Spruce Ash Forest

Climatic Conditions: 
Cold and wet


Reconstruction of the Mastodon Lake locality in Aurora, Illinois. Spruce and Black Ash forest characteristic of the southern Great Lakes at the end of the Ice Age. Image by Velizar Simeonovski.


This biome is characterized by a cold and wet climate promoting a woodland dominated by spruce and black ash with no modern analogue. A variety of coniferous and deciduous trees such as larch, fir, oak, elm, and hop hornbean are also present in lower percentages on the landscape. Deciduous elements spread into the Midwest for the first time since the last glacial maximum. The landscape itself is very wet. Lowlands and riparian areas are saturated, promoting the widespread development of wetlands and semi-aquatic plant communities dominated by sedges and bulrushes. 


Animals found within this landscape included mastodons and relict mammoth populations. These two proboscideans are found together in the Bamford Farm site (Grundy Co., IL), although direct-dating of the specimens indicates they were not strictly contemporaneous. Other species occupying this environment included: Stag-Moose, Giant Beaver, Jefferson's ground sloth, and Helmeted muskox, as well as a small, mostly modern, carnivore guild (e.g., Fisher, Ermine). Although non-mammal records are rare for midwestern sites dating to this time period, Trumpeter Swan was found in association with mastodon and giant beaver at the Mastodon Lake locality in Aurora, IL.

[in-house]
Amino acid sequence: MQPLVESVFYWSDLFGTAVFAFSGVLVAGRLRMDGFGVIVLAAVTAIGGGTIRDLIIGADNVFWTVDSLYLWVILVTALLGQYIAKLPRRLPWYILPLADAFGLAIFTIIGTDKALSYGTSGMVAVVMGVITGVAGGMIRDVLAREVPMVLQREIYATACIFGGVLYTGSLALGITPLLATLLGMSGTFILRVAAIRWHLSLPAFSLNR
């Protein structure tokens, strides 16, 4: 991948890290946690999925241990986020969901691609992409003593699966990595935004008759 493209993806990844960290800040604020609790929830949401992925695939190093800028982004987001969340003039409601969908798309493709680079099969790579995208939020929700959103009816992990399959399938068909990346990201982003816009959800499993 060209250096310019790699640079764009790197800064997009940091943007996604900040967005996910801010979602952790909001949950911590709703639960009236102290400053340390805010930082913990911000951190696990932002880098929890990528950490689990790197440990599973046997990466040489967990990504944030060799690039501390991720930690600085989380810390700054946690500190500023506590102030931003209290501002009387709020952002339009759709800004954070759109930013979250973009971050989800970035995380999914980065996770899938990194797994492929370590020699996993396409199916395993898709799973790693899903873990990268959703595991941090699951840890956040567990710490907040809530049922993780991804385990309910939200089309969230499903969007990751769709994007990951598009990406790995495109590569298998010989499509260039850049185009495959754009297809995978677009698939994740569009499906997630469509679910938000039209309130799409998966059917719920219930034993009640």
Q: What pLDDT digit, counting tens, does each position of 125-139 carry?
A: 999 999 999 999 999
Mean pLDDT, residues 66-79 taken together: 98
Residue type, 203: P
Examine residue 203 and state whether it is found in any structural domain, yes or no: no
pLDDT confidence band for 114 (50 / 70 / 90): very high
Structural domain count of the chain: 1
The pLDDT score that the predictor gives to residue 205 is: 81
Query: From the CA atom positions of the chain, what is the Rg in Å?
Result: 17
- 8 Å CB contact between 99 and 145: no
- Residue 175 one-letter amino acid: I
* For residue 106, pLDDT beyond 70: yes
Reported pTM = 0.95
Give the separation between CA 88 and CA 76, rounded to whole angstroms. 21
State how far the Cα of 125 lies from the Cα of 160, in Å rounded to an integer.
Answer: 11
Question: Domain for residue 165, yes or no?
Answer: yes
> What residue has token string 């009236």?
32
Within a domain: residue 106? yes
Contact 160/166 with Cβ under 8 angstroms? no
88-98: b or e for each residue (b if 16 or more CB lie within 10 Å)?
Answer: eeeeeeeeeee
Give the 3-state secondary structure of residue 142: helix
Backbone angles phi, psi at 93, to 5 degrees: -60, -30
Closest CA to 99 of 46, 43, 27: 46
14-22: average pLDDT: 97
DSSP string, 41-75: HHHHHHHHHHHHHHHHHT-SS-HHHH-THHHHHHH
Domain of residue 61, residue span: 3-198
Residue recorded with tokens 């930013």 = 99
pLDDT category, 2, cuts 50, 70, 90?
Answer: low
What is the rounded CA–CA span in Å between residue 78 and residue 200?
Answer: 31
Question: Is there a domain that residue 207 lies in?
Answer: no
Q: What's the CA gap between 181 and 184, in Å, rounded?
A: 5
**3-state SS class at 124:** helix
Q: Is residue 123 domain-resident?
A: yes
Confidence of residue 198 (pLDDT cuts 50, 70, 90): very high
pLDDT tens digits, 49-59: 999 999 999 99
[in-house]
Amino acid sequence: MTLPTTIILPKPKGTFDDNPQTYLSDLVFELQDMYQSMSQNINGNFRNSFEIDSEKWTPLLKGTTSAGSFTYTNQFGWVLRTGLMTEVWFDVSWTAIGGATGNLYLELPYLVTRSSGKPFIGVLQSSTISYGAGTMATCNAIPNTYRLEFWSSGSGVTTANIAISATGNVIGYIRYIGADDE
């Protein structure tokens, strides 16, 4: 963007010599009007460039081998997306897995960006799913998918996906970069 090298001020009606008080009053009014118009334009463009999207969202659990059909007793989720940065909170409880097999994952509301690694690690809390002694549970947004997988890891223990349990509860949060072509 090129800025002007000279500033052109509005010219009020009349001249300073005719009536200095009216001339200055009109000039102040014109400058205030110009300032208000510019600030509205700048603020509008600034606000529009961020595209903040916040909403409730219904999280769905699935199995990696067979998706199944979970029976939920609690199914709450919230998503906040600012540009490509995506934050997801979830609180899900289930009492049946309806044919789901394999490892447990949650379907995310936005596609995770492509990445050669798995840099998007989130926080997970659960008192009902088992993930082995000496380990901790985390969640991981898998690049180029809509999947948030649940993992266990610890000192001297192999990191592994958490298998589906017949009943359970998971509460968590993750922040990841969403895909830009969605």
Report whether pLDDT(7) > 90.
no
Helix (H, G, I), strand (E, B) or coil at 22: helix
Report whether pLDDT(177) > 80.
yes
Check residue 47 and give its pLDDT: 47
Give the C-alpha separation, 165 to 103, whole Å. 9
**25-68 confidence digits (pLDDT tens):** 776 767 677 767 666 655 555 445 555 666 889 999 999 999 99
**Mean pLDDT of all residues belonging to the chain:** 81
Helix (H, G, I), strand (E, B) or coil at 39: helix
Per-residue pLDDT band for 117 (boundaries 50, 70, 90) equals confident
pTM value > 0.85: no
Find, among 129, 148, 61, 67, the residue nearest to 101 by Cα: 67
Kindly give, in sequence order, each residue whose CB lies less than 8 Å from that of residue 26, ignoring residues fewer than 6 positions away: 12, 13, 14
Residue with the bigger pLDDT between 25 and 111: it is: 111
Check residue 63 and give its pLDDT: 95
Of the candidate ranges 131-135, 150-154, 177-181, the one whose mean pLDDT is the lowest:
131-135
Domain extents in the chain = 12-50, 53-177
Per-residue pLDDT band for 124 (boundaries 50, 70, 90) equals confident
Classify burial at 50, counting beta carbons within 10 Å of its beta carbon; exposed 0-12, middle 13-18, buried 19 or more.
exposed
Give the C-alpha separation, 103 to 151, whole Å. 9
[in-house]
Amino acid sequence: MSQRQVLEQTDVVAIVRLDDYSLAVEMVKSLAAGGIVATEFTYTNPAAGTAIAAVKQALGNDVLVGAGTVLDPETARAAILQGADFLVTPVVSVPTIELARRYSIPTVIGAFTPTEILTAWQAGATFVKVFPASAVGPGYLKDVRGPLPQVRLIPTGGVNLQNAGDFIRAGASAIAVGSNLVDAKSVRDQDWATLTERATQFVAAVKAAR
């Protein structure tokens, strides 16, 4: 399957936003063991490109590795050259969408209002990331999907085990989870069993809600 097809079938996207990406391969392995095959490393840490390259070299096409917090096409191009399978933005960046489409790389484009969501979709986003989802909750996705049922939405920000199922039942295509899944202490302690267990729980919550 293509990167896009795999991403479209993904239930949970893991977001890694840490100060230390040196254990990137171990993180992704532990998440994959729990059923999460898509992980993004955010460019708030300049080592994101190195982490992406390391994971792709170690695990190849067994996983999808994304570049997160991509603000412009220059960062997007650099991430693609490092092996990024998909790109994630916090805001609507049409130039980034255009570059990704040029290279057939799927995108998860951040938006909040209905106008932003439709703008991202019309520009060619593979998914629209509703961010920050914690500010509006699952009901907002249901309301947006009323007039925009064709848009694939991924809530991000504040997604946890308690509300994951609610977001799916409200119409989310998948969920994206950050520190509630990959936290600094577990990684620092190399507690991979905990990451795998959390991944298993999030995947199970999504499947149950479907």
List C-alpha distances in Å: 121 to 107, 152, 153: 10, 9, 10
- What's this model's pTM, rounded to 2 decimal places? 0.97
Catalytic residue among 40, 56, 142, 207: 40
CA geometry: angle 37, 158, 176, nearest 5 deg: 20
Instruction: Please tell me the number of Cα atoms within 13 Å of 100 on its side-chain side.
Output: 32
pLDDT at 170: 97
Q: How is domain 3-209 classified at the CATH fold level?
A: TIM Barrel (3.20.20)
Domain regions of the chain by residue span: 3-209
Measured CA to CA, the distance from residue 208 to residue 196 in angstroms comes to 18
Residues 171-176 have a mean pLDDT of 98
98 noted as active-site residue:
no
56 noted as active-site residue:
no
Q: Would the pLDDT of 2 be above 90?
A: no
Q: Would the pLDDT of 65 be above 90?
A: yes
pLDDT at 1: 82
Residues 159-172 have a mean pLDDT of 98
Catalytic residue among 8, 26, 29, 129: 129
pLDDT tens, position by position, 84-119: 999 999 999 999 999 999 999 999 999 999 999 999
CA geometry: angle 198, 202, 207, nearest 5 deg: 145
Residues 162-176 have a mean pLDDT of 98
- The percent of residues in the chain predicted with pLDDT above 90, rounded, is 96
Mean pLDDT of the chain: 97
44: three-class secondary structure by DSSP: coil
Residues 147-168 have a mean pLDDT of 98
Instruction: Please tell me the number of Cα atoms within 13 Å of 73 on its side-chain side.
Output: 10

Recently, studies of a coprophilus fungi found in lake deposits from this time period have been used to understand regional animal population patterns (Gill et al. 2009). Sporormiella is a fungus that occurs on the dung of large mammals. Researchers examining lake deposits in northern Indiana noted a decline in Sporormiella spores at this time, suggesting a similar decline in the amount of dung around the lake, a proxy for the presence of large mammals such as mastodons and ground sloths.